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The lack of inventory that has plagued the Virginia real-estate market over the last several years could prove a blessing in disguise, helping the commonwealth weather the public-health and economic downturns with less than catastrophic damage.

“The strength in local housing markets, fueled by strong demand, can help to cushion Virginia” from a broad-based housing downturn, said Lisa Sturtevant, chief economist for the Virginia Realtors’ trade group.

While spring sales activity has slowed in recent weeks, “the market can rebound and regain those lost sales later this year, if the current efforts to control the coronavirus are effective,” Sturtevant said.

The state also benefits from federal-government employment and spending, which traditionally has moderated the impact of national recessions in the Old Dominion.

Limited inventory in most parts of the commonwealth has been a fact of life for years. The 27,903 active listings reported at the end of February represented a drop of more than 40 percent from the 47,497 homes offered for sale in February 2016.

The result of the sellers’ market, at least until virus concerns took hold, was a market that was seeing prices continually inching upward and the number of days homes spent on the market before finding a buyer declining.

In February, the median sales price of all homes that sold statewide was $292,000, up 8.3 percent from a year before and higher by nearly 20 percent than the $245,000 reported in February 2016. Average days on the market between listing and ratified sales contract this February stood at 52, down from 65 a year before and a decline from 89 in February 2016.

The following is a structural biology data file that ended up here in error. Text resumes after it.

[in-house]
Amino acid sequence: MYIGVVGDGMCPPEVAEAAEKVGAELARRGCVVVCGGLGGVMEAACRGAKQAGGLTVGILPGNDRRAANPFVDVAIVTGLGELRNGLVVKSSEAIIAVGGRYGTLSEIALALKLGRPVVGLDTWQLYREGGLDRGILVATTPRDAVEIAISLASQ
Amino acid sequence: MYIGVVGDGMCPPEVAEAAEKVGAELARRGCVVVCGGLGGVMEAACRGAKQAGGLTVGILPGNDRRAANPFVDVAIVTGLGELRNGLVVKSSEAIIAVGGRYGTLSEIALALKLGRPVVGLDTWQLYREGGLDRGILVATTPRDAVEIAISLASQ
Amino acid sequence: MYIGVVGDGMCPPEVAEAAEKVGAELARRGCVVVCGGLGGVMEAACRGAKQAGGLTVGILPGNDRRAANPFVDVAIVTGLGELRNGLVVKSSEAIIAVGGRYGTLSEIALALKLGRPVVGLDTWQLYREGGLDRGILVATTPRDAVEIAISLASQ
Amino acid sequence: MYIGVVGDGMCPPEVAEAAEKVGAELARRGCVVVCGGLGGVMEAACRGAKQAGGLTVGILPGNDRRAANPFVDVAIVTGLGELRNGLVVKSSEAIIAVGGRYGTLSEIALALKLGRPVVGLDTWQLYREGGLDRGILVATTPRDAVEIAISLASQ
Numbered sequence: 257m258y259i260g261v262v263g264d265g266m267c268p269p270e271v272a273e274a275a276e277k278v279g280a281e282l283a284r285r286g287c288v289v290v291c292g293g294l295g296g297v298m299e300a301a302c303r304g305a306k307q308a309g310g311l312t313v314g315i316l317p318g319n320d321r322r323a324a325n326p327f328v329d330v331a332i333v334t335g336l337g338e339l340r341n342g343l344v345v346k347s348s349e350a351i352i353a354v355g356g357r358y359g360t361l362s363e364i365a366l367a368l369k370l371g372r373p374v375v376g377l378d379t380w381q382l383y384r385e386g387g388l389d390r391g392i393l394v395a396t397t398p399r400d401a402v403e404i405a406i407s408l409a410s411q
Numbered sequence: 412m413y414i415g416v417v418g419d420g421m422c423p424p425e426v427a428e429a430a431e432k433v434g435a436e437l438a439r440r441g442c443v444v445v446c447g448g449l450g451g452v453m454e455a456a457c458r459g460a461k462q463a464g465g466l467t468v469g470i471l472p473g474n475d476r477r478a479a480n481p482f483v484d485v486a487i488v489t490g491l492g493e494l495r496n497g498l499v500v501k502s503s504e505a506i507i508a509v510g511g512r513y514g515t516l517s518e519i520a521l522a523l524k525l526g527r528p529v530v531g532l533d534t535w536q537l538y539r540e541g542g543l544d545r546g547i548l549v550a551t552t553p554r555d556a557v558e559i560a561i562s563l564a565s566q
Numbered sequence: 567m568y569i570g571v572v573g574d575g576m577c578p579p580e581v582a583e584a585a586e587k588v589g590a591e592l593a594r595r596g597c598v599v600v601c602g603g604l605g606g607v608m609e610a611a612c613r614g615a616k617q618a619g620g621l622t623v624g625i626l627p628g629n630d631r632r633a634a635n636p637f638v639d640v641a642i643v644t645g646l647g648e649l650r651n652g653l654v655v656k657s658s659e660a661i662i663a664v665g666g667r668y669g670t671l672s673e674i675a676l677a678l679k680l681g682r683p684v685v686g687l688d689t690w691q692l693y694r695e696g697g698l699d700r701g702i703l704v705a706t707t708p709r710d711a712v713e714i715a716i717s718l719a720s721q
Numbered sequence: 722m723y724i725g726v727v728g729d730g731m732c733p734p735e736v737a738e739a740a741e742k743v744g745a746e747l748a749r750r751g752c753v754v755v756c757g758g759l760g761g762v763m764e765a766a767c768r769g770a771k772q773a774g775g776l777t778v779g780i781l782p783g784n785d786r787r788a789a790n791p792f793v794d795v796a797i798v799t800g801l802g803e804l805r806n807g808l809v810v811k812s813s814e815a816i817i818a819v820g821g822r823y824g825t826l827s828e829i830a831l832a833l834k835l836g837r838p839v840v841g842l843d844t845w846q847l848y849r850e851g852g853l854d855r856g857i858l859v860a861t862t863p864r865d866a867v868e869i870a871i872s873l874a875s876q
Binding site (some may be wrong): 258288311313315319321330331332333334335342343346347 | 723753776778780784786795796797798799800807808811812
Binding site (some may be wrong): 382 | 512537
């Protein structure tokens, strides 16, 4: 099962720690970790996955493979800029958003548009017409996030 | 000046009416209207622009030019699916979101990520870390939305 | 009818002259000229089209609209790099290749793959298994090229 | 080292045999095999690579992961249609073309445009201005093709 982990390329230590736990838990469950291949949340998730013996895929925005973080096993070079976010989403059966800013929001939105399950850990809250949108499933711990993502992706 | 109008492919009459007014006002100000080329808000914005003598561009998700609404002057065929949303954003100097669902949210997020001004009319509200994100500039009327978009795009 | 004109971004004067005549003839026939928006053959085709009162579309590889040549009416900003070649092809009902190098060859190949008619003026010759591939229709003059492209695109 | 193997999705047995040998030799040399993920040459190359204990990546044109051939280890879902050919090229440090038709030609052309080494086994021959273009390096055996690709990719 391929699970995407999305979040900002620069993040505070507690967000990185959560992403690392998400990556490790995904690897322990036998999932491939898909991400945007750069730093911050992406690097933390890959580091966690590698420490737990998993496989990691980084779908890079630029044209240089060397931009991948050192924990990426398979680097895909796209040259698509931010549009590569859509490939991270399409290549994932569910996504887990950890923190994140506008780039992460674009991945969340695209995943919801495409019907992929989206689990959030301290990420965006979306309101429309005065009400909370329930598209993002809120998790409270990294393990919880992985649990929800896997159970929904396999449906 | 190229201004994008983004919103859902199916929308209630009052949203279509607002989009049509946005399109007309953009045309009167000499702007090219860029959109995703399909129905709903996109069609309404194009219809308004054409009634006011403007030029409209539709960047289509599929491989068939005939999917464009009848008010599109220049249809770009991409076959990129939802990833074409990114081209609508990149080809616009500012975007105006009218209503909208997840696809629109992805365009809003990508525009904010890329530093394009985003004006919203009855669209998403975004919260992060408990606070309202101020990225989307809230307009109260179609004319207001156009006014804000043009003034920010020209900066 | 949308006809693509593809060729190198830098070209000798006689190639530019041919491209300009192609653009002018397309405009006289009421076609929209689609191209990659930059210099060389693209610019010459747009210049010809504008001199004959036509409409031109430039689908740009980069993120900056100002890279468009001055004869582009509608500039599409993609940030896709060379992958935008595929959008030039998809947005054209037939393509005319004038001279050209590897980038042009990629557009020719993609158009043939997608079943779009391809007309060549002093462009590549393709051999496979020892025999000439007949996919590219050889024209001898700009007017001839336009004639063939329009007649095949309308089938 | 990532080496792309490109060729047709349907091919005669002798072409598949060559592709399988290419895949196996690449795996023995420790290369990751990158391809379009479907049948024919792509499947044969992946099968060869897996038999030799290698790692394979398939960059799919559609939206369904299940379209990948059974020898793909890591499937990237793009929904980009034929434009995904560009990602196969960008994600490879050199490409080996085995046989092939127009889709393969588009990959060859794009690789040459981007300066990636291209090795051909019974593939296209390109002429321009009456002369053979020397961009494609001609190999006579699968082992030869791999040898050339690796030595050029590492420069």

In many parts of the commonwealth, prices being recorded in late 2019 and early 2020 were at or above the previous peak of the market in 2005-06, before the recession hit.

The percentage of lower-priced housing in the overall sales mix is declining: Between February 2019 and February 2020, the number of homes selling for $200,000 or less declined by 15.5 percent even though overall sales jumped 5.6 percent. Meanwhile, the homes in the $600,000-to-$800,000 range reached 7.2 percent of the total sales mix, up from 3.7 percent a year before – although part of that is due to sales growth in the northern and central areas of the commonwealth, where prices are generally higher than elsewhere.

Of homes that went to closing in February, sales were up in Northern Virginia (where they had been flat for several months) as well as in central Virginia and Hampton Roads. They represent the three most populated geographic areas of the commonwealth.

Year-over-year sales were lower in the remaining, less-populated areas of the commonwealth.

February saw an early boost of spring enthusiasm by prospective sellers, perhaps with dollar signs flashing in their eyes, as the number of listings coming onto the market statewide up 2.5 percent from a year before. But “even as listing increase modestly, homes continue to sell even faster,” Sturtevant said, resulting in constricted inventory.

With the COVID-19 crisis still in play, however, “it is not possible to predict” what will happen to inventory in the near term, Sturtevant said. Some sellers have pulled their properties off the market to wait for the situation to stabilize.

– Scott McCaffrey

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